Thousands rally to demand school funding in Maryland
By Sheri Pegram | February 20, 2004 | Page 11
ANNAPOLIS, Md.--Thousands of teachers, administrators, parents and students from schools across Maryland converged at the State House February 9 to rally for full funding of a promised school improvement plan. Instead of increasing spending on the plan, Republican Gov. Robert Ehrlich has proposed cutting $50 million from the program--and he also has talked about spreading the final installments over several more years, a suggestion that has irked many politicians throughout the state.
As about a dozen speakers addressed the crowd, protesters chanted, "Fund our schools," while others waved signs saying, "Show us the money." Prince George's County officials dismissed students two hours early to free up buses in order to take about 3,000 employees to the rally. Rally organizers estimated the turnout at between 10,000 and 15,000.
Faced with a $700 million budget deficit, Ehrlich has said that the state can't afford to pay for the entire school-funding program, approved by the General Assembly in 2002, unless legislators vote to legalize slot machine gambling. His budget for fiscal 2005 includes $326 million more money for schools--about 90 percent of what educators had anticipated.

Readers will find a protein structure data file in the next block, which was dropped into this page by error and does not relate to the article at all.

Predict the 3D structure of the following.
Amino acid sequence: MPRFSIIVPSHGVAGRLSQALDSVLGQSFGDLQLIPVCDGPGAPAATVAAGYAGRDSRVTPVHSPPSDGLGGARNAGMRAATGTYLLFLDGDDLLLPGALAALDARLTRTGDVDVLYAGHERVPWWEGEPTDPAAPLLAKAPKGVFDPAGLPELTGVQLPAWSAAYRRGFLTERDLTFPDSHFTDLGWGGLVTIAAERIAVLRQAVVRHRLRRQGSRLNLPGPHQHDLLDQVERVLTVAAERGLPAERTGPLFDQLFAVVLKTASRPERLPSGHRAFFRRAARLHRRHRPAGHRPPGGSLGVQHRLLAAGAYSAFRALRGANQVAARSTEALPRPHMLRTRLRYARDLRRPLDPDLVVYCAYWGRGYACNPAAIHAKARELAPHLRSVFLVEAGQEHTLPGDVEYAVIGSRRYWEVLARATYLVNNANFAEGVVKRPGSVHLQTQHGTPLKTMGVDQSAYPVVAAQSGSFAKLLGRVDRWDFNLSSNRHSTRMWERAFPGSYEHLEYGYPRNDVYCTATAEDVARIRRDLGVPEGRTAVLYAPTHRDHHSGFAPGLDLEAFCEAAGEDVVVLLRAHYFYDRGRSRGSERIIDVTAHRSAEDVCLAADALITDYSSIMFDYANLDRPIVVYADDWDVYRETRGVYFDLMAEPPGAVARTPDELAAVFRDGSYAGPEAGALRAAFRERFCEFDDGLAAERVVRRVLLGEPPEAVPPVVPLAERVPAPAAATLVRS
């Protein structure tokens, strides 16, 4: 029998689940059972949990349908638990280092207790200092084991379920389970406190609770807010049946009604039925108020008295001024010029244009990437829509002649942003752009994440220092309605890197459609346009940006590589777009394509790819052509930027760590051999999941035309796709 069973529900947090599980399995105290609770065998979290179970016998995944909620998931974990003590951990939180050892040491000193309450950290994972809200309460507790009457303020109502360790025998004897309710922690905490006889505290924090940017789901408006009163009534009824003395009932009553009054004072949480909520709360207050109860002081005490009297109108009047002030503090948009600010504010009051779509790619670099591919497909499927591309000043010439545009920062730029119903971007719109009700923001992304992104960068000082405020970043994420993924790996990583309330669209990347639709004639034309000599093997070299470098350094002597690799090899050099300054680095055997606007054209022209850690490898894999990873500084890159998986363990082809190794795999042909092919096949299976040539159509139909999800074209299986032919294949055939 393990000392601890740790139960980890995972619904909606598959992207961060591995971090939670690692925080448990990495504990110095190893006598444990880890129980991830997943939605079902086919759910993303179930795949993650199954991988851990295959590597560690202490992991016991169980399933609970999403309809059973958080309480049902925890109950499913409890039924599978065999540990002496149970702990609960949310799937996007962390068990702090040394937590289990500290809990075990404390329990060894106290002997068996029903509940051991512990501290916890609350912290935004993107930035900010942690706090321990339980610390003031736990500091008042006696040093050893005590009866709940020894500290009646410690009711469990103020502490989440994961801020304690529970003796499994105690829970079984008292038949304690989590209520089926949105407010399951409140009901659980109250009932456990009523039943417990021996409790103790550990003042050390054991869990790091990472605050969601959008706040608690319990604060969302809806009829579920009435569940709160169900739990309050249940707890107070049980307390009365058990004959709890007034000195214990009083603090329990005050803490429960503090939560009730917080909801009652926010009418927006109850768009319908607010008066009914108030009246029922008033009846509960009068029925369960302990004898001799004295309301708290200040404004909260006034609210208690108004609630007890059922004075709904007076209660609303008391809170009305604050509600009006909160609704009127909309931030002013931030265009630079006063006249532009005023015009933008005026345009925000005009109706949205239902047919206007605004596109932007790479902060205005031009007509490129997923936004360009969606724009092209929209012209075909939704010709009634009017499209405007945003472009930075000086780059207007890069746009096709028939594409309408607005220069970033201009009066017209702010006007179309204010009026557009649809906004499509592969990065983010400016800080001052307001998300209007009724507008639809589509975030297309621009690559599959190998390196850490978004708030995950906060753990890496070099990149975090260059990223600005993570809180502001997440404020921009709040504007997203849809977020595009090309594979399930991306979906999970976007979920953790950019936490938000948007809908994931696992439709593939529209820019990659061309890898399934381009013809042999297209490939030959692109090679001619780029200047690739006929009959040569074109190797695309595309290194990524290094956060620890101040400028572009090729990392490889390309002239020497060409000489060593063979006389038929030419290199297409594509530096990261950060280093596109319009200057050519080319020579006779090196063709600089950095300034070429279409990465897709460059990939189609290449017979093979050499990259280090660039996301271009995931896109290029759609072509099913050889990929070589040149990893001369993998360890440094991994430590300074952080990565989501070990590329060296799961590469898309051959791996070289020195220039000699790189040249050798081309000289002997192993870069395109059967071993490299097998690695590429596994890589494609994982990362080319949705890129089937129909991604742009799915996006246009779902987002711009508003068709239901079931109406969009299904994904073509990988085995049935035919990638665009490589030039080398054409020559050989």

Nevertheless, several rally participants criticized Ehrlich's efforts to tie full funding of the $1.3 billion promised for schools to approval of the slot machines. The school funding plan--developed by a commission led by former Prince George's County school board chief Alvin Thornton--had became the talk of Annapolis.
Two years ago, the General Assembly approved the so-called Thornton plan, which aims to boost student performance by closing the spending gaps between rich and poor school districts. The Assembly also agreed to finance two years of the program with a tobacco tax increase--and to decide later how to pay for the program through 2008.
But teachers are demanding funding now. "It's time to end the rhetoric," Maryland State Teachers Association President Patricia Foerster told the crowd. "A promise is a promise."